Joined: Jun 3, 2021
Tasia Bass is a writer and comedian. An avid reader, she is always on the hunt for a good book. She spends a lot of her time creating art, trying out fun recipes, and telling way too many jokes. You can follow her on Twitter @GroovyTasia to hear all about that hit tv show she's written that's completely in her head.
Scientists estimate that roughly 8.7 million species of plants and animals roam the Earth today. And some of them might haunt your dreams.
Your house is decorated for Halloween and your jack-'o-lanterns are lit; now all you need is a spooky party playlist. We have a few song suggestions—and fun facts to drop while you listen.
More than 100 books have won the Newbery Medal, the top award for distinguished works of children's literature.
Each year, The American Library Association complies a list of books that are challenged and banned. There are some books that get banned because of insensitive material; however, others get banned for completely ludicrous reasons.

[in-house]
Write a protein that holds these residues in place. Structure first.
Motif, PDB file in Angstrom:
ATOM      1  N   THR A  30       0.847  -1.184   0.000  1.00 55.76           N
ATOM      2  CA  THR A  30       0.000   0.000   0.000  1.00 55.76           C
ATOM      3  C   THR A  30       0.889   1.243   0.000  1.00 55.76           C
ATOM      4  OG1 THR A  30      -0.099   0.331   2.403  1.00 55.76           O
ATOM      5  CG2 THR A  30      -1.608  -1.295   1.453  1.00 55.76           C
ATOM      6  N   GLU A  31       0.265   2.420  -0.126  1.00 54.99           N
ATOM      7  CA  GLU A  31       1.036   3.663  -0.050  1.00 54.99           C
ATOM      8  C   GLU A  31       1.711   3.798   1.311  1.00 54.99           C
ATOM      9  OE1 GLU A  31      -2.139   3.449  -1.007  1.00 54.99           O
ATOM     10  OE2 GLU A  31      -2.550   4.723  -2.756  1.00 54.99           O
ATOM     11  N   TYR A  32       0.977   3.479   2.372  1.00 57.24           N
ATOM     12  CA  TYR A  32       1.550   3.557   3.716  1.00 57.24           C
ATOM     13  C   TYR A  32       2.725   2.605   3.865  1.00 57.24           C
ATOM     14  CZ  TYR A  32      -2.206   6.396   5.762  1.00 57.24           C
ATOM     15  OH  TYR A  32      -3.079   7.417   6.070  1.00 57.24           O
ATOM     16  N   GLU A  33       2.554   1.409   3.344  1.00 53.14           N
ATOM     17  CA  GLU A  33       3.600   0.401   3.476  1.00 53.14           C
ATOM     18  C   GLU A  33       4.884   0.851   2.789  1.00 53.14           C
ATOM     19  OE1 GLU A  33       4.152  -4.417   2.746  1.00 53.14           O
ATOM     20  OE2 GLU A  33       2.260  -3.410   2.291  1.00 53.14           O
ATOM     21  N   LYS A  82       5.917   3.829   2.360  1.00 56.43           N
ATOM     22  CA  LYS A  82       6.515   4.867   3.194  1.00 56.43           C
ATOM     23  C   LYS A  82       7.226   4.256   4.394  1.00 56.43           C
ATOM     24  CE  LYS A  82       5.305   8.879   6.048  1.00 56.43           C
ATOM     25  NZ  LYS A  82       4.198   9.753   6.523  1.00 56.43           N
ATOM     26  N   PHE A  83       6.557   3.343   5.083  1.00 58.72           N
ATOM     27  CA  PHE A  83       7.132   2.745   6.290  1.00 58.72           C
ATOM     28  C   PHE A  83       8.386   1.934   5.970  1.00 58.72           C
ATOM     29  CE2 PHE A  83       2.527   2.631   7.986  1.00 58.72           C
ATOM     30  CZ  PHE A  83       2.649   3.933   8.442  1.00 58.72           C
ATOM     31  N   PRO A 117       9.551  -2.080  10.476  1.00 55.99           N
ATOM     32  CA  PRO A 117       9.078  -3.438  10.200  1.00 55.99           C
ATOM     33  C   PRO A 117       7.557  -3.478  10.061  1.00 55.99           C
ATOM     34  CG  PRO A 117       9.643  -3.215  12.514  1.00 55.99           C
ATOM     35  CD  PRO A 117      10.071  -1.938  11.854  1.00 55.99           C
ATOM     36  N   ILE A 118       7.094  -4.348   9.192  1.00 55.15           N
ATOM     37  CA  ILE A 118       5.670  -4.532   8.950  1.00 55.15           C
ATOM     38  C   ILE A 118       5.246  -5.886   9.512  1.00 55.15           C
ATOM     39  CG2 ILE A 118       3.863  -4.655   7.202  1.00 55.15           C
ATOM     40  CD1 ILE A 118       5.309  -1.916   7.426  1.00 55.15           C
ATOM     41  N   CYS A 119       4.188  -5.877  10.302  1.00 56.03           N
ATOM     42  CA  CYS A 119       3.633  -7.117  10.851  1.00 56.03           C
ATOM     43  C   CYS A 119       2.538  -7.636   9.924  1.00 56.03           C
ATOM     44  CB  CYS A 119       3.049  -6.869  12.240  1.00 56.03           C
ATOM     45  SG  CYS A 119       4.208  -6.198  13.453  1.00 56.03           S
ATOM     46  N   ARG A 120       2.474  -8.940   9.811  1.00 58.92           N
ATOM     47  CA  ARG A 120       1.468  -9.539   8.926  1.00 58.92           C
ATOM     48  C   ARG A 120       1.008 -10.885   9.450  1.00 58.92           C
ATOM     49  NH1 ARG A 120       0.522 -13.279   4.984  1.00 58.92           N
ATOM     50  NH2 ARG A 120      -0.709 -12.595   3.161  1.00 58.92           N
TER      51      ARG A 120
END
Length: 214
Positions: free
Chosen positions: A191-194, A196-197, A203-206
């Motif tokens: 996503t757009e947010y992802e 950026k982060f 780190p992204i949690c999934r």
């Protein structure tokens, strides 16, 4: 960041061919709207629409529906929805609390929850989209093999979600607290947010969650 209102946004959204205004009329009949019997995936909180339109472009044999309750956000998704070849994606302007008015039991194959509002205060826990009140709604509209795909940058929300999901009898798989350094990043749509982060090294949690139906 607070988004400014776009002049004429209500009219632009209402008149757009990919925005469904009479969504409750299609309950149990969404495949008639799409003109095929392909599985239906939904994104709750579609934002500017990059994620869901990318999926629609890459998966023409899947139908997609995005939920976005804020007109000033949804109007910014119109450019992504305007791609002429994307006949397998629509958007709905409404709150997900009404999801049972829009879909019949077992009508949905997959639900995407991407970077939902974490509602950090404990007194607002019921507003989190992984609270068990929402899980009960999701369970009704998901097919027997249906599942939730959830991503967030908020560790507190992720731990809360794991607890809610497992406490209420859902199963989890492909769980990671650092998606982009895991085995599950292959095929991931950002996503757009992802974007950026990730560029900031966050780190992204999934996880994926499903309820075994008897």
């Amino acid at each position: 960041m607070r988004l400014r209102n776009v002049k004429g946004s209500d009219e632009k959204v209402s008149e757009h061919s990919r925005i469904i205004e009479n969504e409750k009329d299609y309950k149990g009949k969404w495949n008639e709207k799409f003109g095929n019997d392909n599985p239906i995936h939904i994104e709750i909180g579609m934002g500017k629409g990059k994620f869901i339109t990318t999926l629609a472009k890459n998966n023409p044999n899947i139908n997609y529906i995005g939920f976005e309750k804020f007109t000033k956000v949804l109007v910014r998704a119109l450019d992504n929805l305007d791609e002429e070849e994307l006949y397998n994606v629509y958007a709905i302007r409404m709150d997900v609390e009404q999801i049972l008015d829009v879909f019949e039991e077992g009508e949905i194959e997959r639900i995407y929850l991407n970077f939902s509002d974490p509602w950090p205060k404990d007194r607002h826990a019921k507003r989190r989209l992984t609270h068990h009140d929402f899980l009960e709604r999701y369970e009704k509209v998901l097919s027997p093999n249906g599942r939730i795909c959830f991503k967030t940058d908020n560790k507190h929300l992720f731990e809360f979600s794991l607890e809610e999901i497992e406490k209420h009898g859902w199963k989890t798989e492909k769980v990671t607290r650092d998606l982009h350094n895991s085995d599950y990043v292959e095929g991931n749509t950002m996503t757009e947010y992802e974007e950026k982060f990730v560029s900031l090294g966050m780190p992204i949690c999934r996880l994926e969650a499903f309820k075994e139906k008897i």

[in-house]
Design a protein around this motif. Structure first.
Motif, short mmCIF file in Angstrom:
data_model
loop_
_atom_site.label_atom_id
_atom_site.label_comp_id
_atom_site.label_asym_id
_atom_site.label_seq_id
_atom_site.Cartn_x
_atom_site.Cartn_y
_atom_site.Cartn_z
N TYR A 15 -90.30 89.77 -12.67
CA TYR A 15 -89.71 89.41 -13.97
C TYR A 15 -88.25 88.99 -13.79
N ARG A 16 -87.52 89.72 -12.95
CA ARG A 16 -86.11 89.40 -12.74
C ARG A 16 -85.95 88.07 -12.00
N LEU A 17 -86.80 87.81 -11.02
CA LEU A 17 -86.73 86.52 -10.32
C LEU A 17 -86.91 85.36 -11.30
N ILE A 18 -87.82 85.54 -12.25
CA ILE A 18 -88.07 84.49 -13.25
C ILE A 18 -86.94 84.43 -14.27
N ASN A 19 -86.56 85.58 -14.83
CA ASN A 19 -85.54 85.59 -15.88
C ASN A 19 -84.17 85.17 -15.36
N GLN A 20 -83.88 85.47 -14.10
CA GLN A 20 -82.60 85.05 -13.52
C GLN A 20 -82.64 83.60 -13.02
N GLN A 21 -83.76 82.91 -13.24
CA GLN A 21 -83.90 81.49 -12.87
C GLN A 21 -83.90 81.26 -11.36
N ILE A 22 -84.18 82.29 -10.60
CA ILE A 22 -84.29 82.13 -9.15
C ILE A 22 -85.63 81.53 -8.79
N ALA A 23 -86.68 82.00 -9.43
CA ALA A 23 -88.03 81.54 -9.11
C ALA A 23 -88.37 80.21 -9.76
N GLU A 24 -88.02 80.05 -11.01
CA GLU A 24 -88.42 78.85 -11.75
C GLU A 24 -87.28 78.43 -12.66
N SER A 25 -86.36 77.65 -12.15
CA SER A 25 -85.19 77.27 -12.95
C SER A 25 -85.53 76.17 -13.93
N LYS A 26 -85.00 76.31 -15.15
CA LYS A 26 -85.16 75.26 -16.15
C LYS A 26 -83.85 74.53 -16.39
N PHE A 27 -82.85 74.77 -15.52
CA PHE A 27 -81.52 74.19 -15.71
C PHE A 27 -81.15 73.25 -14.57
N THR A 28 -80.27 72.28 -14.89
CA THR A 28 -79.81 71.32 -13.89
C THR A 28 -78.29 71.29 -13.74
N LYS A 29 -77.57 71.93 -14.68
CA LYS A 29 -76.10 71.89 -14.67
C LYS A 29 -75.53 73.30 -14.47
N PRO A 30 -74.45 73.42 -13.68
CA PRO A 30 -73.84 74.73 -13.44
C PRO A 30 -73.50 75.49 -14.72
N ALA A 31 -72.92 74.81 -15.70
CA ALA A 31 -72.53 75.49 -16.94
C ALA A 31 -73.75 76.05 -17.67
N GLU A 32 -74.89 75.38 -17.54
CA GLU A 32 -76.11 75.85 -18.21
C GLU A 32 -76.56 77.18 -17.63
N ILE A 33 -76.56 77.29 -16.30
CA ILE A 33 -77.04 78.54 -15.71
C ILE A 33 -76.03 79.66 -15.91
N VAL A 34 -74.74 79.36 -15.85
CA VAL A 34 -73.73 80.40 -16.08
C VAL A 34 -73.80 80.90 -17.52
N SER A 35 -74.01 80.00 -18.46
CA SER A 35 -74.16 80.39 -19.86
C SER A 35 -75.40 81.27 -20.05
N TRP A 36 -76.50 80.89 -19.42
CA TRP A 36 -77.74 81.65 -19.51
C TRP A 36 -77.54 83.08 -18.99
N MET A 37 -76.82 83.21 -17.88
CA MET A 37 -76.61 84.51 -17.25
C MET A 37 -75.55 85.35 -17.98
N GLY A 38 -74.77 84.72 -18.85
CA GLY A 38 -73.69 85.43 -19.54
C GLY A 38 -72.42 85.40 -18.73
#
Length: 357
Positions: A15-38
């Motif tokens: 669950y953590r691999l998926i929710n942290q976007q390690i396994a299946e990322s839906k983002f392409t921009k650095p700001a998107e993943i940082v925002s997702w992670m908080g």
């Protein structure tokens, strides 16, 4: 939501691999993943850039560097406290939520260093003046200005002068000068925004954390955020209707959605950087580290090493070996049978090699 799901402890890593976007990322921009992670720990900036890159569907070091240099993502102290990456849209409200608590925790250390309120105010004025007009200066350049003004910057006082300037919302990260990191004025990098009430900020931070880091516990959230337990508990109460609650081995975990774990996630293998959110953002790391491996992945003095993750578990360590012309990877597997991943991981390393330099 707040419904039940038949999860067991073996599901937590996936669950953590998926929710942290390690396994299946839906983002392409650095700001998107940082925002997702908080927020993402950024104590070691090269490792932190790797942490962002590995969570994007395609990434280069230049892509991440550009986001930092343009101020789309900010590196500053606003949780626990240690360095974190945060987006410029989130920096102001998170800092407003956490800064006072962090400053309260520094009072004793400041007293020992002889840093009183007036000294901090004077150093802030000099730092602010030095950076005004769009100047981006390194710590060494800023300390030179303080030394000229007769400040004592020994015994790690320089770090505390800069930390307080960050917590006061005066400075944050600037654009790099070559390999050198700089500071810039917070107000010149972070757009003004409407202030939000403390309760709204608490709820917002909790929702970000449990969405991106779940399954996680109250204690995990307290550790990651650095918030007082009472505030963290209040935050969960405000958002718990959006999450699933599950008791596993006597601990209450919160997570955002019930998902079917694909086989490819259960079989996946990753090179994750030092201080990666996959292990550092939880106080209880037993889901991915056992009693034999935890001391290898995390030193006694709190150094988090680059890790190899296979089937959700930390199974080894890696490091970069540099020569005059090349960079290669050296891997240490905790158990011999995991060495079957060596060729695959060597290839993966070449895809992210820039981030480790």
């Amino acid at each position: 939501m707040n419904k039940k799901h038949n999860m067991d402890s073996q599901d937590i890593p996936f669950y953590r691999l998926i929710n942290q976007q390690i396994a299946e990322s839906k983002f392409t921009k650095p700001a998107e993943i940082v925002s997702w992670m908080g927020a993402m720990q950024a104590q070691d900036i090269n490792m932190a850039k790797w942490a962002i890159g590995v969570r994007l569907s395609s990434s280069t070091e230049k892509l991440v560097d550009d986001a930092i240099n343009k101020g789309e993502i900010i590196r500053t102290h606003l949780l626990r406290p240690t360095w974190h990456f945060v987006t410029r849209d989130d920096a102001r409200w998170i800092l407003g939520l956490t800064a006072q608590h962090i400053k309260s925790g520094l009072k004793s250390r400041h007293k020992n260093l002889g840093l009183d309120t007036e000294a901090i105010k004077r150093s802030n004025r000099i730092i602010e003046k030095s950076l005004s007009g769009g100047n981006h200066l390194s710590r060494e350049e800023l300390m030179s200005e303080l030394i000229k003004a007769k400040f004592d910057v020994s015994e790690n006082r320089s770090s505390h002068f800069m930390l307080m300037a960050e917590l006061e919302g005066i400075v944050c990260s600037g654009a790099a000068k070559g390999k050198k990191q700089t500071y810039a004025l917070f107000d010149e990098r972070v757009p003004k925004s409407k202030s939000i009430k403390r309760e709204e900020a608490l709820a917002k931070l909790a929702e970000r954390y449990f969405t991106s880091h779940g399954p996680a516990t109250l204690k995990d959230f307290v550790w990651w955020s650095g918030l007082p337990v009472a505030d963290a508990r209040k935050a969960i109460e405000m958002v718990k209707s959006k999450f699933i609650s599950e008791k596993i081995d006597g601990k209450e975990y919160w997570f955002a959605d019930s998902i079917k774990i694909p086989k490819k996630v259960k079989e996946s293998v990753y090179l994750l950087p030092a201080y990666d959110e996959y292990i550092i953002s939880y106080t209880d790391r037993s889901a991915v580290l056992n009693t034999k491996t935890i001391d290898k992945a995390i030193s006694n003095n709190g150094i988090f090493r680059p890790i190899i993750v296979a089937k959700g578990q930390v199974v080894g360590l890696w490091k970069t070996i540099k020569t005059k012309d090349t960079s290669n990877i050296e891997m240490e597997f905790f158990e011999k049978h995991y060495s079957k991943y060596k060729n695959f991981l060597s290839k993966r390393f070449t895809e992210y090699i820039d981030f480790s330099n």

The Freedmen’s Bureau Project records are now digitized and available on Ancestry.com, providing millions of African Americans free access to discover their roots.
The phrase "tying the knot" originated in medieval times during the practice of handfasting, but still holds strong to this day.
Looking for a restless escape? These haunted inns, hotels, and Airbnbs are full of things that go bump in the night.
Though humans and koalas don't have much in common, there is one big similarity: fingerprints. Koalas have looping fingerprints just like humans, and some might not be able to tell them apart.
In the 50-plus years since they were first introduced, Pocky sticks have taken the world by storm. Learn more about the history of this popular Japanese snack food here.
Polka dots are a major part of fashion, but that wasn't always the case. Here's the history behind the design—and why they're called polka dots in the first place.
If you want to get into the classics but aren't quite ready to crack open a book that was written centuries ago, these comic book versions should be far more accessible.
French engineer Nicolas-Jacques Conté created what is considered the modern pencil, though many have since made improvements.